Today is Festival of Popular Delusions Day. It is said to have originated in Germany on June 5, 1945. Let’s begin with a little background information regarding this mysterious holiday.
On June 6, 1944, over 160,000 Allied soldiers landed on a 50-mile stretch of beach in Normandy, France. The area was heavily guarded by Nazi troops to prevent enemy access to the country’s interior. Operation Neptune, which would become known as D-Day, aimed to break through the line and free continental Europe.
The assault was initially scheduled to take place in May but had to be postponed until more landing craft could be secured. It appeared that poor weather conditions on the morning of June 6th would cause another delay. General Dwight D. Eisenhower made the decision to proceed as planned.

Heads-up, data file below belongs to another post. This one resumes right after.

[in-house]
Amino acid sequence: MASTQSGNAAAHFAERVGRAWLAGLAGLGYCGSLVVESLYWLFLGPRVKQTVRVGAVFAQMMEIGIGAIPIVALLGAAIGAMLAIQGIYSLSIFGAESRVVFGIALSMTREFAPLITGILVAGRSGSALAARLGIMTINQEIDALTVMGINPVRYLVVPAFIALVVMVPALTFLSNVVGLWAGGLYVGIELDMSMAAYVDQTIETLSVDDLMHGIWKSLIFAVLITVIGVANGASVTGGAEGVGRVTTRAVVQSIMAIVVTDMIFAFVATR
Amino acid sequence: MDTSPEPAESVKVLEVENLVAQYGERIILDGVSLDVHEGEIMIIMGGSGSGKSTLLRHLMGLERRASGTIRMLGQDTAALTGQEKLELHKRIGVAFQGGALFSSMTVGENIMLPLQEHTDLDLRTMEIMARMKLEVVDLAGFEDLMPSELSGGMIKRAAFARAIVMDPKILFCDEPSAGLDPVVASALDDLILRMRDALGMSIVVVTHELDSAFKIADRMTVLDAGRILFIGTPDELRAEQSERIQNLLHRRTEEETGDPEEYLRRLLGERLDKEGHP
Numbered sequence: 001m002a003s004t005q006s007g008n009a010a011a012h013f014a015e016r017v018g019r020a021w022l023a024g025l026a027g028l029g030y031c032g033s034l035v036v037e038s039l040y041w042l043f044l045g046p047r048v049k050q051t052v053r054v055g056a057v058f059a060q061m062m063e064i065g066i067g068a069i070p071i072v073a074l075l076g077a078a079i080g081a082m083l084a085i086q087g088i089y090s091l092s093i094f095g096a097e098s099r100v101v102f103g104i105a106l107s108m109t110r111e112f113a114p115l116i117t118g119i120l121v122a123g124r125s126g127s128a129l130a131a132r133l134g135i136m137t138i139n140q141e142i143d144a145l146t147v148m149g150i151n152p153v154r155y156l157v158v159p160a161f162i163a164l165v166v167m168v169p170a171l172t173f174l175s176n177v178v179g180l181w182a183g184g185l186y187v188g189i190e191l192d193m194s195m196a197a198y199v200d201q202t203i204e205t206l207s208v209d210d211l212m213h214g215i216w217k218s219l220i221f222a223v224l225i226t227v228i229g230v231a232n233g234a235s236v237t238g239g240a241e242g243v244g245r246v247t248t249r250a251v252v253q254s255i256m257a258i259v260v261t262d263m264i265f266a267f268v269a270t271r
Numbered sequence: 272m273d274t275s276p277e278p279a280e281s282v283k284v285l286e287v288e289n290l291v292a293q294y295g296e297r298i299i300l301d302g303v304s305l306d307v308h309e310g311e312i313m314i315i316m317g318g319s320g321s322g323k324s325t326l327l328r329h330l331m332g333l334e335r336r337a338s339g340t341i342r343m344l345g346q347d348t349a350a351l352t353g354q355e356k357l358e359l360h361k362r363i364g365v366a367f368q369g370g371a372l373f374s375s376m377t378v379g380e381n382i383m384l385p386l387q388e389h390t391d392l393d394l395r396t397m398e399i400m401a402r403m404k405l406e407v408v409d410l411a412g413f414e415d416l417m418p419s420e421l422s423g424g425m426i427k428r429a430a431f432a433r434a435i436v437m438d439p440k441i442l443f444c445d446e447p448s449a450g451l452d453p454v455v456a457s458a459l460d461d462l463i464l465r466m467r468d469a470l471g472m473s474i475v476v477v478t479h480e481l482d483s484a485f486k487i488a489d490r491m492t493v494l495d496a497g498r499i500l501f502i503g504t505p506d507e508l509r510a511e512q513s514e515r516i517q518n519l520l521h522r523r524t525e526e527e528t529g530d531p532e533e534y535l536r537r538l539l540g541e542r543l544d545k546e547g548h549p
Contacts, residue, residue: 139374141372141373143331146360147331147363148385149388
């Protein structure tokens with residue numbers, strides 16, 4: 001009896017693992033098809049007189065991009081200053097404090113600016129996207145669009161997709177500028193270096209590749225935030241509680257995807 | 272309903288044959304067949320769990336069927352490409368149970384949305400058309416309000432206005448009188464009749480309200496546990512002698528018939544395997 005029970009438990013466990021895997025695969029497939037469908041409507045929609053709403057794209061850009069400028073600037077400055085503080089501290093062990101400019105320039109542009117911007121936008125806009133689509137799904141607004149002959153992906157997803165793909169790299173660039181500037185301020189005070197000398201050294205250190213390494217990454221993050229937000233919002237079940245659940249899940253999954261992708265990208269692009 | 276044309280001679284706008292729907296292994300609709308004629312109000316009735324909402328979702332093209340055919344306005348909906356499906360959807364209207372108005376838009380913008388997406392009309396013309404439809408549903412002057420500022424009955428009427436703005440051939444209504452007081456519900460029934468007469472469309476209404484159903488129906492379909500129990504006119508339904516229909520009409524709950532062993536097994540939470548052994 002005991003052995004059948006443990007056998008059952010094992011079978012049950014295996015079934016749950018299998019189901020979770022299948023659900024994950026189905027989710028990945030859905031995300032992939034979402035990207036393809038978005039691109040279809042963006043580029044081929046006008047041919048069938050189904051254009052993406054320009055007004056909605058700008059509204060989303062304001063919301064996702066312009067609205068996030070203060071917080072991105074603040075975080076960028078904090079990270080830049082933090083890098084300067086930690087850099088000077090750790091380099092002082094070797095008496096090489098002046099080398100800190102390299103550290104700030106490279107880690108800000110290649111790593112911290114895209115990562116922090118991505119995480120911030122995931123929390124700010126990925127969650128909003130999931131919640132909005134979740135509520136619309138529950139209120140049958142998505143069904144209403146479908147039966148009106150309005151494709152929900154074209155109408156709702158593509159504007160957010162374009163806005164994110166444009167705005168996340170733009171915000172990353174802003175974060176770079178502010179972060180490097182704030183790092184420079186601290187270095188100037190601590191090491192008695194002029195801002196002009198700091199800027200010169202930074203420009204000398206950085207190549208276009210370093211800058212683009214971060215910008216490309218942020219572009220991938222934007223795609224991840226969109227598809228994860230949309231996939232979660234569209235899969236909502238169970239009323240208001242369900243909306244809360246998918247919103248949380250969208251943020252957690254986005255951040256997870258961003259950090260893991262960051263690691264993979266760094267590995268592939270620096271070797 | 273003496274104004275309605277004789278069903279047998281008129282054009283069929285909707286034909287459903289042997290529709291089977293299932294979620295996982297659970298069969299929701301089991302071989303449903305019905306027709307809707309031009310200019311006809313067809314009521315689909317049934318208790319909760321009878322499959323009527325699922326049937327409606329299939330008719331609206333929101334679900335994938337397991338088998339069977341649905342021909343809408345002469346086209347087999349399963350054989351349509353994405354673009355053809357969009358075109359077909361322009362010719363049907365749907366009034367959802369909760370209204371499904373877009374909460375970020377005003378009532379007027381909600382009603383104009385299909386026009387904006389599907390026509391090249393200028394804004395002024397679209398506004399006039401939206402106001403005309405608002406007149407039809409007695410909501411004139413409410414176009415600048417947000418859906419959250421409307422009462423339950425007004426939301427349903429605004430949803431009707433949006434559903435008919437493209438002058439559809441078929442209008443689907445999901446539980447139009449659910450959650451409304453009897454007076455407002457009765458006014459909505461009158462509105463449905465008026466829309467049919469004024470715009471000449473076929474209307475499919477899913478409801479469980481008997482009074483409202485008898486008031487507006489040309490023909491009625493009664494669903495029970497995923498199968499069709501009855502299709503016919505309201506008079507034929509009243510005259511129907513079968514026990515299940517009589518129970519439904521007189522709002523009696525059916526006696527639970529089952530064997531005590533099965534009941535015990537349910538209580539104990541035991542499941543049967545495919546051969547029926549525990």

Heavy cloud cover hindered air strikes and some airborne troops that parachuted in missed their landing zones by miles. By the end of the day, an estimated 10,000 Allied troops had been killed, wounded or were missing in action. The Allies fought to gain ground, finally making it out of Normandy on August 15th. Ten days later, they liberated Paris. German forces retreated soon afterward.
On June 6, 1944, German troops weren’t expecting an invasion. They assumed the Allies wouldn’t attack when the bad weather would put them at a disadvantage. June 5, 1944, turned out to be the last day the Nazis could delude themselves that they would rule the Earth for a thousand years.
Supposedly, that was the inspiration for the first Festival of Popular Delusions Day. Maybe we’re delusional for wanting to believe this legend. There are certainly plenty of popular delusions to choose from these days. No matter which one you pick, have a happy Festival of Popular Delusions Day!